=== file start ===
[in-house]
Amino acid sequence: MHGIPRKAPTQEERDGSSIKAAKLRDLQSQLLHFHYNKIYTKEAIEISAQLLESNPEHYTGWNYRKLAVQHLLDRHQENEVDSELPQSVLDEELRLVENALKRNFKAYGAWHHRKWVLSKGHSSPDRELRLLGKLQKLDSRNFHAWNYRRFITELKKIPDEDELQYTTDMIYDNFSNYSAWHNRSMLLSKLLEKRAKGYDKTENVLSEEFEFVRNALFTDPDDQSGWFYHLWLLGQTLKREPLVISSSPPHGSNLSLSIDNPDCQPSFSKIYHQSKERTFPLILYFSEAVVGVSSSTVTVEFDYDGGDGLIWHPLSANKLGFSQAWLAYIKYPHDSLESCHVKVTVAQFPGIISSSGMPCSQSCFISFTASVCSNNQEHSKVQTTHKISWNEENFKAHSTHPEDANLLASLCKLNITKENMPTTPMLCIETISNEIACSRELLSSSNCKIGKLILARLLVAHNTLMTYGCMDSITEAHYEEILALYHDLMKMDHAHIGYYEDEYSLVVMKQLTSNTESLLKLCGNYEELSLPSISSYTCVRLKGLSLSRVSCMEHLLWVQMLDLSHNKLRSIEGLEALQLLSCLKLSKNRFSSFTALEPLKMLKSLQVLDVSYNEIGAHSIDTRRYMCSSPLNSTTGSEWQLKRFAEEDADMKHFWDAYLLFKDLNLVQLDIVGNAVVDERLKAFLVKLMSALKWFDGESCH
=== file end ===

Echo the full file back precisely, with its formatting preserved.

[in-house]
Amino acid sequence: MHGIPRKAPTQEERDGSSIKAAKLRDLQSQLLHFHYNKIYTKEAIEISAQLLESNPEHYTGWNYRKLAVQHLLDRHQENEVDSELPQSVLDEELRLVENALKRNFKAYGAWHHRKWVLSKGHSSPDRELRLLGKLQKLDSRNFHAWNYRRFITELKKIPDEDELQYTTDMIYDNFSNYSAWHNRSMLLSKLLEKRAKGYDKTENVLSEEFEFVRNALFTDPDDQSGWFYHLWLLGQTLKREPLVISSSPPHGSNLSLSIDNPDCQPSFSKIYHQSKERTFPLILYFSEAVVGVSSSTVTVEFDYDGGDGLIWHPLSANKLGFSQAWLAYIKYPHDSLESCHVKVTVAQFPGIISSSGMPCSQSCFISFTASVCSNNQEHSKVQTTHKISWNEENFKAHSTHPEDANLLASLCKLNITKENMPTTPMLCIETISNEIACSRELLSSSNCKIGKLILARLLVAHNTLMTYGCMDSITEAHYEEILALYHDLMKMDHAHIGYYEDEYSLVVMKQLTSNTESLLKLCGNYEELSLPSISSYTCVRLKGLSLSRVSCMEHLLWVQMLDLSHNKLRSIEGLEALQLLSCLKLSKNRFSSFTALEPLKMLKSLQVLDVSYNEIGAHSIDTRRYMCSSPLNSTTGSEWQLKRFAEEDADMKHFWDAYLLFKDLNLVQLDIVGNAVVDERLKAFLVKLMSALKWFDGESCH